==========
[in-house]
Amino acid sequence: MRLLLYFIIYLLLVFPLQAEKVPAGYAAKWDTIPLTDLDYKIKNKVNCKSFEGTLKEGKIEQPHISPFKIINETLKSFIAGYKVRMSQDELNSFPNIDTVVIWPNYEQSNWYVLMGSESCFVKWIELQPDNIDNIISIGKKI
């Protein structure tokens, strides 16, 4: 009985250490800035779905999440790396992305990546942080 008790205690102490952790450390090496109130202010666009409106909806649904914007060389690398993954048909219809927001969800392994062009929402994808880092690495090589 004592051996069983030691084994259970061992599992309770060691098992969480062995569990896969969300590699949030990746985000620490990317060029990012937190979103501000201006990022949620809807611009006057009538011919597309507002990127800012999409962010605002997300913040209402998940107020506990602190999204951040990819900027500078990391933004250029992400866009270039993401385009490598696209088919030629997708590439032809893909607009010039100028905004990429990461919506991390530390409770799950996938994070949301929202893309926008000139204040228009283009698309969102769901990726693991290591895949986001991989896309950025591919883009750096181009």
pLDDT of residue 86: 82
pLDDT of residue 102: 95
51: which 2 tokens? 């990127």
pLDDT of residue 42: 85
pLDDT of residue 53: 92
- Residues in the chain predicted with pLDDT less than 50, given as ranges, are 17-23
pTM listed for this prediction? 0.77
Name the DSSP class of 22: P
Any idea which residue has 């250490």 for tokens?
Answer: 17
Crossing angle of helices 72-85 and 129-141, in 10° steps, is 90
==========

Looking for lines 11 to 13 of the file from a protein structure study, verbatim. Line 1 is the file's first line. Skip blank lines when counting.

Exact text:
Name the DSSP class of 22: P
Any idea which residue has 């250490």 for tokens?
Answer: 17